This is not a fix. If little Johnny has lived his 5 years on earth with mommy and daddy and daddy gets pulled away and he can’t see him, do we really think, “well it’s okay, he has mommy so he won’t be traumatized.” I implore our leaders to study attachment and trauma. If they need someone to speak to them about it, they should call me. I won’t even charge them for my expertise.

Also, according to the Post:

Because of a 1997 court settlement that bars children from being imprisoned with parents, Justice Department officials now say they have no choice but to isolate the children.

They have a choice. In fact, as the New York Times points out:

Mr. Trump was misrepresenting his own policy. There is no law that says children must be taken from their parents if they cross the border unlawfully, and previous administrations have made exceptions for those traveling with minor children when prosecuting immigrants for illegal entry. A “zero tolerance” policy created by the president in April and put into effect last month by the attorney general, Jeff Sessions, allows no such exceptions, Mr. Trump’s advisers say.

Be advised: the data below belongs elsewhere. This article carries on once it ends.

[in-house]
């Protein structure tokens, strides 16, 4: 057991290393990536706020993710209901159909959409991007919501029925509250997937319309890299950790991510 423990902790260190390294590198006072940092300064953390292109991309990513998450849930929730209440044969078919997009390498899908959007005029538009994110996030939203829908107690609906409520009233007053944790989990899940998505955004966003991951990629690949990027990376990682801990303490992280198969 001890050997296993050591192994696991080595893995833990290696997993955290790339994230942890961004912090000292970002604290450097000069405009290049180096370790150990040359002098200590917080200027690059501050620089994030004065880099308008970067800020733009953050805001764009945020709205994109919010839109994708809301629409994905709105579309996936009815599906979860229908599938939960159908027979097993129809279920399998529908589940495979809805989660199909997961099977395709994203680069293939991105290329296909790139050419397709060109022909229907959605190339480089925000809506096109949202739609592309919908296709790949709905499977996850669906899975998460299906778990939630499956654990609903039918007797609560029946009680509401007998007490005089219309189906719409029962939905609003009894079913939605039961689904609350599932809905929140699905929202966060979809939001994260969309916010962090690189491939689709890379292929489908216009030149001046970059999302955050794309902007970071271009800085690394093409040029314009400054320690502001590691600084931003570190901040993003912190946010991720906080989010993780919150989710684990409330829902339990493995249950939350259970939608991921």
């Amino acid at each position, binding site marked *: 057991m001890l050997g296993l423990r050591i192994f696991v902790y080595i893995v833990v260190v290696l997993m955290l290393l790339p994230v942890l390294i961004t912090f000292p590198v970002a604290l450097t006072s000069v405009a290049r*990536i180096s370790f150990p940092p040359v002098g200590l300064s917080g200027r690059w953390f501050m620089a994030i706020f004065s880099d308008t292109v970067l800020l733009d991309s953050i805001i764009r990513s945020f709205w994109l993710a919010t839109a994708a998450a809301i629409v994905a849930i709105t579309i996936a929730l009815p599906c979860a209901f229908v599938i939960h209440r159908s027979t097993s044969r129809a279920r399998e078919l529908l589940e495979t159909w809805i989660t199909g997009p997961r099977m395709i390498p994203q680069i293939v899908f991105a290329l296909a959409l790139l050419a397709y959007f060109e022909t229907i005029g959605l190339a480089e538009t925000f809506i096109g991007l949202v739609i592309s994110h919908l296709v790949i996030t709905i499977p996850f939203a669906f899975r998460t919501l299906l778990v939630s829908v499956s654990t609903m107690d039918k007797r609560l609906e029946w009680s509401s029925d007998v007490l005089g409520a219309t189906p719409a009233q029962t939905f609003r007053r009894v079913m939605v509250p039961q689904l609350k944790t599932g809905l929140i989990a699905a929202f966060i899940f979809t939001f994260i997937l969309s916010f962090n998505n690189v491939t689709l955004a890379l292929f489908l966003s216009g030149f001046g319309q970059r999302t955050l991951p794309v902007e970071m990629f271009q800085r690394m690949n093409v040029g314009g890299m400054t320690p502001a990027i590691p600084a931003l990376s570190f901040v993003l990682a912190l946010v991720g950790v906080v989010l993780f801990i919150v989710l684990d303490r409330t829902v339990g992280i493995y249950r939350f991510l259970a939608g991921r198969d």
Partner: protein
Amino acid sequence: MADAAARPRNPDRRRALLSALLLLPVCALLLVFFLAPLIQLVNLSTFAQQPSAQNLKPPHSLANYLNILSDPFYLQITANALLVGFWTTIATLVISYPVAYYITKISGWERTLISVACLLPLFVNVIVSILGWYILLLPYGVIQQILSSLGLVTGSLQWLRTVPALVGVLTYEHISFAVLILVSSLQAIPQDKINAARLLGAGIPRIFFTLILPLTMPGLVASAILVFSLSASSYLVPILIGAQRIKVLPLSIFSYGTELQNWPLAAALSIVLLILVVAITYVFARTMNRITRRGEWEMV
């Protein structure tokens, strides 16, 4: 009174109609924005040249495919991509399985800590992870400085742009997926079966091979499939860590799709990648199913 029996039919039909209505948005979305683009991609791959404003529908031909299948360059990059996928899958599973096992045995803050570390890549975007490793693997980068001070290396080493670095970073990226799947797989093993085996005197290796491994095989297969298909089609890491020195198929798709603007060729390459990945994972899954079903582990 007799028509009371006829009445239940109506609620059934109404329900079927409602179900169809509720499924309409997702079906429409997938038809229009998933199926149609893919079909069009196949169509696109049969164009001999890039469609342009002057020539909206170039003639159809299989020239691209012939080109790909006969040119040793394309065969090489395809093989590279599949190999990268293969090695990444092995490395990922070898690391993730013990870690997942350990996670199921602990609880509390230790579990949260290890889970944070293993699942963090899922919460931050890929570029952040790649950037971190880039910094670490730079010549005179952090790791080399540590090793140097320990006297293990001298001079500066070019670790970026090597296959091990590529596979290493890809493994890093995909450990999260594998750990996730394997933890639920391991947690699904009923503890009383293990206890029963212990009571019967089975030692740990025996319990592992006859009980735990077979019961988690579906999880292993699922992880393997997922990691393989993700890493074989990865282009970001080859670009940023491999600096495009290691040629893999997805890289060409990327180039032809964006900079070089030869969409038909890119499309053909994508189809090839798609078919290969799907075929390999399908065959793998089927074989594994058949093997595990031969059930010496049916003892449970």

They have chosen to incite fear and terror in children. Abhorrent isn’t a strong enough word, but it’s the best I can do right now.

4) The White House reports that 1995 children have been separated from their parents. That’s an entire small town of children. And that number comes directly from the White House. Who knows when that number was submitted and how many more have been since then? Or if there are more not counted. Let’s face it, this administration has not given much respect to immigrants in general.